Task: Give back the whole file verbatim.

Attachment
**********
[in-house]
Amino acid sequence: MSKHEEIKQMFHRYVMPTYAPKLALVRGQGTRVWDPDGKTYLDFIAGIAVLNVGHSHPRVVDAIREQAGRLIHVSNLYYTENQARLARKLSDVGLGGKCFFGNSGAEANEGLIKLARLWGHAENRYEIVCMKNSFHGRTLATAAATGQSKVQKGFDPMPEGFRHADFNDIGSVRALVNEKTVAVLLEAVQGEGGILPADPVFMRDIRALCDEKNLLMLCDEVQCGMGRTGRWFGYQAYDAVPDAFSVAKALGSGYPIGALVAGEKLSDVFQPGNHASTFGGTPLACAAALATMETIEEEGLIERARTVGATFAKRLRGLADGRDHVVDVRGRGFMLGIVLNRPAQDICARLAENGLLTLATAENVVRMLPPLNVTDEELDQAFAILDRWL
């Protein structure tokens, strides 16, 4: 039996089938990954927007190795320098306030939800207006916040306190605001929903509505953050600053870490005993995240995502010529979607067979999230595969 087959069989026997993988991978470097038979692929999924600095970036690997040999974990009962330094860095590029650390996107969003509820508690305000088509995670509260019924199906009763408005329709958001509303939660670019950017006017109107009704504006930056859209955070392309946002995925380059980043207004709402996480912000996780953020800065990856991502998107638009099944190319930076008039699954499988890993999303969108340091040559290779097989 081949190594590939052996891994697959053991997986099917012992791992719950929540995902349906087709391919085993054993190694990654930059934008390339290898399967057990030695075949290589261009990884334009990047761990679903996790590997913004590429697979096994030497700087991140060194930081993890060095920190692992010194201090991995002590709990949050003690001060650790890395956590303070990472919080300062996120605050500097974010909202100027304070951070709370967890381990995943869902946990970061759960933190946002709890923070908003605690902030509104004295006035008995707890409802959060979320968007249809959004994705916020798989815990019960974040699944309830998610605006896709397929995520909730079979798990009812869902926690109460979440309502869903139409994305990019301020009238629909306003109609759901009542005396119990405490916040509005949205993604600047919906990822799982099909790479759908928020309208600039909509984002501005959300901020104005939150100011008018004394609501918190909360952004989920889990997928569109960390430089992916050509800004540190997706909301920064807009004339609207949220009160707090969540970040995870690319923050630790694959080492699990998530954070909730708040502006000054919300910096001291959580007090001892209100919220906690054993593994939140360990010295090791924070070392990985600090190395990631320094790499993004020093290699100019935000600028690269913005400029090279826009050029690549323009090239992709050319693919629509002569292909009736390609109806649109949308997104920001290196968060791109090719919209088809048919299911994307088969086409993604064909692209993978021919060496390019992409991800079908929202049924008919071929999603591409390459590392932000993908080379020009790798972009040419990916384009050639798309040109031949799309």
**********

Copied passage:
[in-house]
Amino acid sequence: MSKHEEIKQMFHRYVMPTYAPKLALVRGQGTRVWDPDGKTYLDFIAGIAVLNVGHSHPRVVDAIREQAGRLIHVSNLYYTENQARLARKLSDVGLGGKCFFGNSGAEANEGLIKLARLWGHAENRYEIVCMKNSFHGRTLATAAATGQSKVQKGFDPMPEGFRHADFNDIGSVRALVNEKTVAVLLEAVQGEGGILPADPVFMRDIRALCDEKNLLMLCDEVQCGMGRTGRWFGYQAYDAVPDAFSVAKALGSGYPIGALVAGEKLSDVFQPGNHASTFGGTPLACAAALATMETIEEEGLIERARTVGATFAKRLRGLADGRDHVVDVRGRGFMLGIVLNRPAQDICARLAENGLLTLATAENVVRMLPPLNVTDEELDQAFAILDRWL
């Protein structure tokens, strides 16, 4: 039996089938990954927007190795320098306030939800207006916040306190605001929903509505953050600053870490005993995240995502010529979607067979999230595969 087959069989026997993988991978470097038979692929999924600095970036690997040999974990009962330094860095590029650390996107969003509820508690305000088509995670509260019924199906009763408005329709958001509303939660670019950017006017109107009704504006930056859209955070392309946002995925380059980043207004709402996480912000996780953020800065990856991502998107638009099944190319930076008039699954499988890993999303969108340091040559290779097989 081949190594590939052996891994697959053991997986099917012992791992719950929540995902349906087709391919085993054993190694990654930059934008390339290898399967057990030695075949290589261009990884334009990047761990679903996790590997913004590429697979096994030497700087991140060194930081993890060095920190692992010194201090991995002590709990949050003690001060650790890395956590303070990472919080300062996120605050500097974010909202100027304070951070709370967890381990995943869902946990970061759960933190946002709890923070908003605690902030509104004295006035008995707890409802959060979320968007249809959004994705916020798989815990019960974040699944309830998610605006896709397929995520909730079979798990009812869902926690109460979440309502869903139409994305990019301020009238629909306003109609759901009542005396119990405490916040509005949205993604600047919906990822799982099909790479759908928020309208600039909509984002501005959300901020104005939150100011008018004394609501918190909360952004989920889990997928569109960390430089992916050509800004540190997706909301920064807009004339609207949220009160707090969540970040995870690319923050630790694959080492699990998530954070909730708040502006000054919300910096001291959580007090001892209100919220906690054993593994939140360990010295090791924070070392990985600090190395990631320094790499993004020093290699100019935000600028690269913005400029090279826009050029690549323009090239992709050319693919629509002569292909009736390609109806649109949308997104920001290196968060791109090719919209088809048919299911994307088969086409993604064909692209993978021919060496390019992409991800079908929202049924008919071929999603591409390459590392932000993908080379020009790798972009040419990916384009050639798309040109031949799309």